This is the still his swan song, the final season of a storied career in which he won five championships, broke the hearts of so many opposing fanbases with clutch postseason shots and earned his status as one of the great role players of his time. Fisher — the 39-year-old Oklahoma City Thunder point guard who in recent years made far more noise as the former role as president of the players union than he did with his play — is ready to stop diving for loose balls and instead dive into family life again.
In a recent chat with USA TODAY Sports’ Sam Amick, Fisher – who announced his plans to retire in July – discussed his victory lap and looked ahead to what’s next.
Q. So, is this still it?
A. Yeah, this is the final run. I physically feel I could play more years, but trying to figure out from year to year whether or not (his wife and four kids, who live in Los Angeles) should all move, and my kids (is tough). It’s been a great enough experience to say that now it’s time for them to come first.
Q. So are you in a reflective state for the entire season now? That has to be an interesting experience when you’ve already made up your mind that this is it and may be more inclined to smell the roses.
A. For sure. Not too much, because you have to make sure you keep that edge that you keep as a player. But definitely in that state of mind where you’re just appreciating everything more and valuing the relationships and the time with the guys, and all those little things.
Q. You always hear about the adrenaline and how athletes struggle when it’s gone. That worry you at all?
A. That’s going to be tough. Since I was six years old, basketball has been a big focal point. But I think that with things that I’ve done up until now, as well as things that I’m thinking about doing after (the playing career ends), I’m consciously taking steps to mitigate that impact, that void that basketball will leave. (Just as) playing basketball requires an effort and work, I’ll have to work at not playing basketball. I’m trying to do my best, but I’m sure there will be days when I wish I was still out there.
Q. So what’s next? You’ve always been one of the most well-rounded and smartest guys around. Any solid plans yet?
A. No. I’m for sure that quality of life is going to be important to me, just being able to spend more time with my kids and go to school events and soccer games. That will probably limit some of my options initially, but I’m not closing anything off (in terms of opportunities). There’s a way to make everything work, so we’ll see. Hopefully on the court can be a great ending to the story. That’s what I’m shooting for.
DIPLOMACY: Vogel says Knicks can turn it around
Indiana Pacers coach Frank Vogel has a refreshing penchant for unwavering honesty — such as last spring when Vogel said the Miami Heat had a more intelligent offensive strategy for Pacers center Roy Hibbert than the New York Knicks.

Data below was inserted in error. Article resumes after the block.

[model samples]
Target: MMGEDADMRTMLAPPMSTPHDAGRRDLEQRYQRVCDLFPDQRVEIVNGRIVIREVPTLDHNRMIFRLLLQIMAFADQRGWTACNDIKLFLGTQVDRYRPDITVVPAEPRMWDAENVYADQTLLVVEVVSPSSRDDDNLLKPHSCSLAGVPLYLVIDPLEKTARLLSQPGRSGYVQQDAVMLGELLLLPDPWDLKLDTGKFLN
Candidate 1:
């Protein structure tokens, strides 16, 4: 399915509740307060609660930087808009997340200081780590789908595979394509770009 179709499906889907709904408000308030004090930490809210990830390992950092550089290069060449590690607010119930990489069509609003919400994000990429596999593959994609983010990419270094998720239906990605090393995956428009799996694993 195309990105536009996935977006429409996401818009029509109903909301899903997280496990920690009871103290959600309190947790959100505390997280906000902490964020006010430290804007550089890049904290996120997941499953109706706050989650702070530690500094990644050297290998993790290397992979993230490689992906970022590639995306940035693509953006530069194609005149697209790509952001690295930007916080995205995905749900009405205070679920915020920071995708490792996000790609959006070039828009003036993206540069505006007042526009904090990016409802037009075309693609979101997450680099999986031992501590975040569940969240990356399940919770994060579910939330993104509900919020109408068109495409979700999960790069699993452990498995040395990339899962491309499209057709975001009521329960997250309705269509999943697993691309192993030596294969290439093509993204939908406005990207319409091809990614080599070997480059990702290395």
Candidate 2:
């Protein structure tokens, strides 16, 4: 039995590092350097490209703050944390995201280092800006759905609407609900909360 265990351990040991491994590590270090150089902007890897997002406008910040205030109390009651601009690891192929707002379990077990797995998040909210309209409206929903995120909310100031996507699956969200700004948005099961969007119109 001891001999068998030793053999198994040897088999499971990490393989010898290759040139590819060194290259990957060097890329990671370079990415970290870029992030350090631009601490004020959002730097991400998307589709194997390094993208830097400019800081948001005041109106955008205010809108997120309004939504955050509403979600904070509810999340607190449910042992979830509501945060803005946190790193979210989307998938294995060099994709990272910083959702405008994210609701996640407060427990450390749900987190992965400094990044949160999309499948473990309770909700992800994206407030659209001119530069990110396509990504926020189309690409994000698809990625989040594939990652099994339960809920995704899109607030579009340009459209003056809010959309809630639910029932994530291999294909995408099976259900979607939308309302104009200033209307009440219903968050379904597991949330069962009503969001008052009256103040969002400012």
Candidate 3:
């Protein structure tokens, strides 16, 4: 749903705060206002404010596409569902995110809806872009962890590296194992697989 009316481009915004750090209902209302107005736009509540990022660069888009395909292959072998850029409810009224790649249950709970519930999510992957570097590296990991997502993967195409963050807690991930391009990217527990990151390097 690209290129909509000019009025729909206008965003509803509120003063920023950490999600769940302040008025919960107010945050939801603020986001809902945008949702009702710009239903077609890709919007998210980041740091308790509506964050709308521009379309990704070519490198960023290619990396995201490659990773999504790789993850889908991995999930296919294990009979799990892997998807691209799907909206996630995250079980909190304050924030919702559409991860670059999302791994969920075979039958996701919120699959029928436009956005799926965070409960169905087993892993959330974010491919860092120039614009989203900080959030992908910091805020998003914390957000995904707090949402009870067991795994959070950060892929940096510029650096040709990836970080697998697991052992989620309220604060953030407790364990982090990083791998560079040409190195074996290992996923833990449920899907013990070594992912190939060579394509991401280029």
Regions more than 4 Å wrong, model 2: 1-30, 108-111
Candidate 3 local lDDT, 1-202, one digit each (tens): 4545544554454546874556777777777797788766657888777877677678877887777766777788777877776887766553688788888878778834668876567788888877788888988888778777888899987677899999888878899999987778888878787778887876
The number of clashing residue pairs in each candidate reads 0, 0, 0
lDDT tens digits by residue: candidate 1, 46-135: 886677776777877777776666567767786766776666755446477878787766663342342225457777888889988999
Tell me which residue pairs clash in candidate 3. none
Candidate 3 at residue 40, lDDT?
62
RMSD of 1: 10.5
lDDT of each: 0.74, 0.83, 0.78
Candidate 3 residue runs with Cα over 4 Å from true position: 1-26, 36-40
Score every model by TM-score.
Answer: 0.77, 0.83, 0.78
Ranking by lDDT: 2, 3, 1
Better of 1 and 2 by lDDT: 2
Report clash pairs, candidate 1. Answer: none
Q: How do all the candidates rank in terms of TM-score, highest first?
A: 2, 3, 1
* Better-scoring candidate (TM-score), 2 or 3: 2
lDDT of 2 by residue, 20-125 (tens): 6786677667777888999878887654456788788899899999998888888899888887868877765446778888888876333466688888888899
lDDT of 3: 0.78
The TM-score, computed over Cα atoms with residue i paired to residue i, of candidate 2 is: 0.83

But when given the chance to trump his team’s superiority over the Knicks hours before his team beat the Knicks in overtime at Madison Square Garden Wednesday, Vogel chose Eastern Conference diplomacy.
Asked if he felt the Pacers have separated themselves from the Knicks this season, Vogel said, “Not at all. I feel like we’ve gotten better. There’s no question about that. … I don’t feel like we’ve separated from them at all.”
Vogel quickly pointed out the Pacers were 3-6 last season but ended up in Game 7 of the Eastern Conference finals against the Miami Heat.
“They’re capable of turning their season around. They’re managing injuries,” Vogel said.
When the Pacers were struggling last season, Vogel said it was on the offensive end, adjusting to life without injured forward Danny Granger.
“We had to have a shift in philosophy to make up for – much like the Knicks are adjusting to life without Tyson Chandler – life without Danny Granger. There’s an adjustment period involved with that. That’s what it was at that time.”
Forward Paul George emerged, and the Pacers couldn’t have asked for a better outcome.
RECORD WATCH: Korver nears three-point mark
Atlanta Hawks guard-forward Kyle Korver is close to tying and breaking Dana Barros’ record for games played with at least one made three-pointer.
Korver has made a three-pointer in 85 consecutive games, four short of Barros’ record set in the 1994-95 and 1995-96 seasons. He can tie the record Wednesday in a road game against the Houston Rockets and break the record Friday at home against the Cleveland Cavaliers.
Golden State Warriors guard Stephen Curry had a 53-game streak with at least one made three-pointer, but it ended on March 15 last season when he went 0-for-5 against the Chicago Bulls.
DAILY-DOUBLE: This one is unfortunate
The Utah Jazz, 1-12 headed into Friday’s game against the Dallas Mavericks, are last in the league in two important categories – offensive efficiency and defensive efficiency. The Jazz are scoring a league-worst 92.8 points per 100 possessions and allowing a league-worst 106.1 points per 100 possessions.